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Old 02-23-2012, 06:27 PM   #1

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Finding Liquidity

Hello guys,

Lately I have been very interested in how the market works (market microstructure) and been focusing on the essential stuff that move the market. And my idea is that market only moves in search of liquidity. Alas, my search is therefore on what liquidity is and how to find it. That is why I turn to my favourite forum in the world

I read a post around here a time ago (can't find it but doesn't matter) written by DionysusToast. He said (almost..) that the only way to know how a pullback is going to end is to find the liquidity. And as I think about it, that is true. But that works for every move in the market i.e. if it encounters enough liquidity and can't break thru it - it won't move up/down more.

So, I was thinking about the ways of recognizing liquidity. I am not thinking about if a market is liquid or not, I am talking about AREAS or CONCENTRATIONS of liquidity, and where to look for them. My main idea is to look at the DOM/T&S but since I am not very proficient in using it, this will take allot of time (obviously I am still going to do it). My questions are really; what tools do you think I should use? How should (with what idea) I look at this problem?

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Old 02-25-2012, 01:39 PM   #2

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Re: Finding Liquidity

Seriously, sit down and read time of sales and the ladder. Depending on how long you plan on studying it, you can learn alot in a week or 2.
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Old 02-26-2012, 10:20 AM   #3

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Re: Finding Liquidity

Quote:
Originally Posted by isamel »
And my idea is that market only moves in search of liquidity. Alas, my search is therefore on what liquidity is and how to find it.

But that works for every move in the market i.e. if it encounters enough liquidity and can't break thru it - it won't move up/down more.

My main idea is to look at the DOM/T&S but since I am not very proficient in using it, this will take allot of time (obviously I am still going to do it). My questions are really; what tools do you think I should use? How should (with what idea) I look at this problem?
I subscribe to the basic principle of auction market theory, namely that the market moves up and down in search of buyers and sellers; the job of a market is to involve as many buyers and sellers as possible, and it will move higher or lower to facilitate the most trade. This basically agrees with your idea.

There is only one real way to identify liquidity, and that is in retrospect, using volume. The order book may give short-term clues, but what you see on the DOM is not liquidity. It's available or potential volume, but until the deal is done, those orders are not commitments. Volume is the only thing we can objectively look at and observe that at a particular price or over a particular period of time, there was an increase in activity, and thus we can conclude that there was liquidity available.

But also consider that when directional movement of the market is clear, that not all pullbacks end with an increase in liquidity at the point of the turn. Sometimes we will see a sharp spike in activity near the turning point; other times we will see very little volume, and only when the original direction is resumed do we see activity pick up. So, it's not just to find liquidity (which would imply an increase in volume), but it can also be to recognize a lack of interest. Many reversal points consist of a big display of discovered liquidity (volume), followed one or two consecutive probes further with far less liquidity observed.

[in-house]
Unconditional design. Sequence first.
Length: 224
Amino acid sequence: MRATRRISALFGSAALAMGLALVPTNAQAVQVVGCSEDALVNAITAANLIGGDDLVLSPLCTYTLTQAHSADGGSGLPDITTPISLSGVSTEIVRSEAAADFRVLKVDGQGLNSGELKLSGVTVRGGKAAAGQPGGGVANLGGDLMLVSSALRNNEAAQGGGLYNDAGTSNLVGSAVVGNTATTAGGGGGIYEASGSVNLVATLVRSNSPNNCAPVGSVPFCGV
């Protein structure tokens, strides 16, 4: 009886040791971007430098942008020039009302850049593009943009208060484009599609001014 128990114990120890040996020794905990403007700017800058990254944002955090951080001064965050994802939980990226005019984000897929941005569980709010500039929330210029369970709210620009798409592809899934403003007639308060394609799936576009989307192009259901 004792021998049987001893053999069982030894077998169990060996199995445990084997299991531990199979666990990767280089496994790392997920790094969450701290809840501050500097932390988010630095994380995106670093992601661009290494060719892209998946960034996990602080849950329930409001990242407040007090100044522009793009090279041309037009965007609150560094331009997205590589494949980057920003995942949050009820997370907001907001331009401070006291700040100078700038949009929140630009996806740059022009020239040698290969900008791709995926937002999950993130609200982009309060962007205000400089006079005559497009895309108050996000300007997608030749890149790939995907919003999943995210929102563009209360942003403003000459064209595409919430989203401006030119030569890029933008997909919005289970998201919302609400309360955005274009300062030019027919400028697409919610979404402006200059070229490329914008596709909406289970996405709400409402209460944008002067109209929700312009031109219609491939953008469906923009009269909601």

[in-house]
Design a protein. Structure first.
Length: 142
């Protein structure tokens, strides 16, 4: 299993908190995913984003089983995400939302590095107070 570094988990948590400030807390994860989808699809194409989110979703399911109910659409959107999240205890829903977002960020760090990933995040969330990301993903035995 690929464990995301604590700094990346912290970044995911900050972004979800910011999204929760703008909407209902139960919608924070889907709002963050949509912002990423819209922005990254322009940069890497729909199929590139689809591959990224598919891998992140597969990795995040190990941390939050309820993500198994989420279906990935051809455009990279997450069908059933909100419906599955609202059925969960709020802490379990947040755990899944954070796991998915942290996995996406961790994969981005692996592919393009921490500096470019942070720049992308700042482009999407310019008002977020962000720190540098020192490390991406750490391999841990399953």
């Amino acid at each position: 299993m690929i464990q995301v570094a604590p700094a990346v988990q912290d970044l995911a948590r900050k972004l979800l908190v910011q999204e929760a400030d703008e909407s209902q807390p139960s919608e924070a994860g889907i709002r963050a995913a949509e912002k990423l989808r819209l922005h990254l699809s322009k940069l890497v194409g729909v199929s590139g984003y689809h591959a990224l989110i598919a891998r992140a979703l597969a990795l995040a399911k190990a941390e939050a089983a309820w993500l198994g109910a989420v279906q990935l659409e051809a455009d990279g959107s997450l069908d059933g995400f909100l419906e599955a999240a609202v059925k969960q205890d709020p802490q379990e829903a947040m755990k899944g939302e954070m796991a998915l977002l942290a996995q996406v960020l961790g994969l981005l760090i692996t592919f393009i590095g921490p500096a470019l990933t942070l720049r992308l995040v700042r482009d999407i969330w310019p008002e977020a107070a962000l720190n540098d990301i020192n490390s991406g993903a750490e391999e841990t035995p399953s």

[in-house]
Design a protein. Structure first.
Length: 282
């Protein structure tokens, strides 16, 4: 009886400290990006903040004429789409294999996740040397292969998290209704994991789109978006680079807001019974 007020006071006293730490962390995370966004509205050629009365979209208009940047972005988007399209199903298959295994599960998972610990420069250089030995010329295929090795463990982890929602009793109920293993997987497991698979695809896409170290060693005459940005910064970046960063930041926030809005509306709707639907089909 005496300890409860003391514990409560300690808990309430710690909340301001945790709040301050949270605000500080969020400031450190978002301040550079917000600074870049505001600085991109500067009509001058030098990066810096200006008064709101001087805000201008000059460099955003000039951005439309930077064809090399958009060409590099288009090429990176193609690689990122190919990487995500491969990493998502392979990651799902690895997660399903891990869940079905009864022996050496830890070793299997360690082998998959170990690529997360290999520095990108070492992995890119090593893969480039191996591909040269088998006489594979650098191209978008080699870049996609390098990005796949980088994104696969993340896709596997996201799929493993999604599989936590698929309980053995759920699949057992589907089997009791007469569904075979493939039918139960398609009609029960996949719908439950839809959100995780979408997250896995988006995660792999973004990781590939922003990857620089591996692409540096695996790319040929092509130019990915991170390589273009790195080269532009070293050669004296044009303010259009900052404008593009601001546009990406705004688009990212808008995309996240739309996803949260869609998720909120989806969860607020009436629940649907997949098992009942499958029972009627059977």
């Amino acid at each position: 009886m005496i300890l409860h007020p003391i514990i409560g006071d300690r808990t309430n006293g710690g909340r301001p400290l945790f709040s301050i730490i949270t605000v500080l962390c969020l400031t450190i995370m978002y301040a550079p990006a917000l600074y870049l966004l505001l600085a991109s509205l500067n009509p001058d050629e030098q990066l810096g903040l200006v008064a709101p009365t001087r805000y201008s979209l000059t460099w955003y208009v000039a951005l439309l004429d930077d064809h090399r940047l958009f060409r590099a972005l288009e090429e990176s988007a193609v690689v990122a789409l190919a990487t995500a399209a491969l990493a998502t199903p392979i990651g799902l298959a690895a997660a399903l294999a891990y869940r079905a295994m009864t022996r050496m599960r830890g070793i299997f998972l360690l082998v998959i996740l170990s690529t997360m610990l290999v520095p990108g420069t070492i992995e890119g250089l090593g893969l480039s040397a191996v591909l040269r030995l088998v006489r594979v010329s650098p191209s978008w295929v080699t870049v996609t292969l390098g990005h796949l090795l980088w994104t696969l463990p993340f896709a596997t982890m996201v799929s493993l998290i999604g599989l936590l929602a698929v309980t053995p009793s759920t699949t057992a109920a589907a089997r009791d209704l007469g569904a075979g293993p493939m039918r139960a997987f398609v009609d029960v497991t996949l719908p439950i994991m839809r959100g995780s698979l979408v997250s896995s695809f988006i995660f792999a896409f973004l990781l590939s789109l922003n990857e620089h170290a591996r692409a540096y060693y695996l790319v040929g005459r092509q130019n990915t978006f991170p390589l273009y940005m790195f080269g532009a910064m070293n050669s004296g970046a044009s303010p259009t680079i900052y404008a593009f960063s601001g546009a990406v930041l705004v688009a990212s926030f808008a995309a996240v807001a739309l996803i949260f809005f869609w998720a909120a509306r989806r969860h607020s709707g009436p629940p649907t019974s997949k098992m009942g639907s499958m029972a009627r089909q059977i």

From a practical point of view, many people use "support" and "resistance" to identify past areas of observed liquidity, to potentially indicate current and futures areas. Since many people watch this and buy and sell the same areas, it can be said that an observation of past liquidity can lead to potential identification of future liquidity; though of course, many reasons exist to enter the market and thus it can be said that anything can lead to an increase of available liquidity at any price. As I mentioned above, the only real way to determine it is to observe it first, allowing others whose size is observable in the market to engage in price discovery, and then follow them, never leading ourselves.

I would love to hear others' thoughts on this, as it's at the heart of market movement.
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Old 02-26-2012, 10:43 AM   #4

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Cool Which Gold robot is Best

I am metals trader, I make good money by using financial and technical analysis but I struggle to find time for this, am looking to explore automated system in gold. I have searched the following 2 sites
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Old 02-26-2012, 11:33 AM   #5

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Re: Finding Liquidity

This could be a really interesting thread to follow.

My understanding, quite different to Joshdance's above, is that a market gravitates towards liquidity pools, and not away from them. So I expect areas of support and resistance to occur where there is little interest (or widespread agreement) from buyers and sellers. From a historical perspective, I would expect support or resistance to be accompanied by low volume. The absolute S/R point (one tick above the high/low) has zero volume of executed orders.

If you look at volume within a trading day, the above is exemplified by the gaussian distribution that MP traders pay so much attention to - the closer you move towards the high or low of the day, the less volume is typically executed at those levels. Ironically, of course, a lot of volume is often executed at the prior day's high/low.